New Hollom-designed International 14


James Boyd Photography /www.thedailysail.com
Proud owner and designer tell us all about it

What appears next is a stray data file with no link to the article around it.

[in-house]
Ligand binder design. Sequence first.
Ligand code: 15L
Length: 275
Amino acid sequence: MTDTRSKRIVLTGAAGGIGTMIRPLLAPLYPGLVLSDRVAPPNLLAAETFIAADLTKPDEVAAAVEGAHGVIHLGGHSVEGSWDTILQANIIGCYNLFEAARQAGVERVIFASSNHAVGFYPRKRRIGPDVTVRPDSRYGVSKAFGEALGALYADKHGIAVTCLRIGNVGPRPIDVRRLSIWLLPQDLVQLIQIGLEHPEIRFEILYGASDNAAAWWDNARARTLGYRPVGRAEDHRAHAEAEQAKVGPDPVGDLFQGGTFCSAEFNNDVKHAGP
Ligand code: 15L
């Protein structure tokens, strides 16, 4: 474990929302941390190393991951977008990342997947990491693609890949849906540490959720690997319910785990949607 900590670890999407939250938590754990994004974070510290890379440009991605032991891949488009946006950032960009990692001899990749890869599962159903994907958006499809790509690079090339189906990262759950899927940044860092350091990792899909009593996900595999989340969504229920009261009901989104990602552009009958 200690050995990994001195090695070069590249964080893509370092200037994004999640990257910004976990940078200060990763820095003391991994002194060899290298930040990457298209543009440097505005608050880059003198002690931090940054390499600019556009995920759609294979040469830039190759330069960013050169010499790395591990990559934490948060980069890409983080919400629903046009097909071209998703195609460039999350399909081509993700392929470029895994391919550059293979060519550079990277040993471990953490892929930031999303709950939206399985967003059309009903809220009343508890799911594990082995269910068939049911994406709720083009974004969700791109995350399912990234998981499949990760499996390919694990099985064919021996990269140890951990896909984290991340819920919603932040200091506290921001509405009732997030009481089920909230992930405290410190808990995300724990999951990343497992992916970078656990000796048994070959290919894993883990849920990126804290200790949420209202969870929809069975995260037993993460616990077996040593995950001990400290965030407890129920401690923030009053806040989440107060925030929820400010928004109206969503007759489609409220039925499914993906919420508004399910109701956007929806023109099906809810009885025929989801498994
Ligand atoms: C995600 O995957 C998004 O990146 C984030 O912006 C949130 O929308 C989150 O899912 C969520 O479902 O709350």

For a supposed development class like the International 14, new designs are something of a rarity. However Composite Craft in Cowes are now marketing a new design – or a new hull at least – from one time America’s Cup designer, Dave Hollom. Composite Craft used to build the dominant Bieker 5 design but having worked with Hollom on building some new rudder T-foils three years ago, last year committed to build his new hull. Hull no1 was built on spec, but has since been acquired by present Merlin Rocket National Champion, Glen Truswell, who’s day job is working for LaserPerformance as their Technical Project Engineer. While the new boat – distinctive (to put it mildly) with its hot-rod ‘Pimp My 14’ paintjob – has a deck from an existing mould Composite Craft had, the new hull shape represents an entirely different approach, with a V-section in the middle of the boat tapering out aft and morphing into a U-section at the bow, with the aim of achieving a higher prismatic co-efficient and less wetted surface area. “The U-section enables you to get a higher prismatic without making the bow too bluff – you’re putting volume into the ends,” explains Hollom, for whom this is his first 14 design. “If you read William Proud’s famous experiments he reckoned the place to put displacement was low down in the bow away from the water surface and high up near the water surface at the stern – hence your typical powerboat hull with a deep forefoot and a very flat stern.” He says he has tried it successfully in the past on model yachts - one of his specialities. Composite Craft’s Bob Preston enlightens us some more: “The theory behind it [the U-section bow] is that you are getting a lot of

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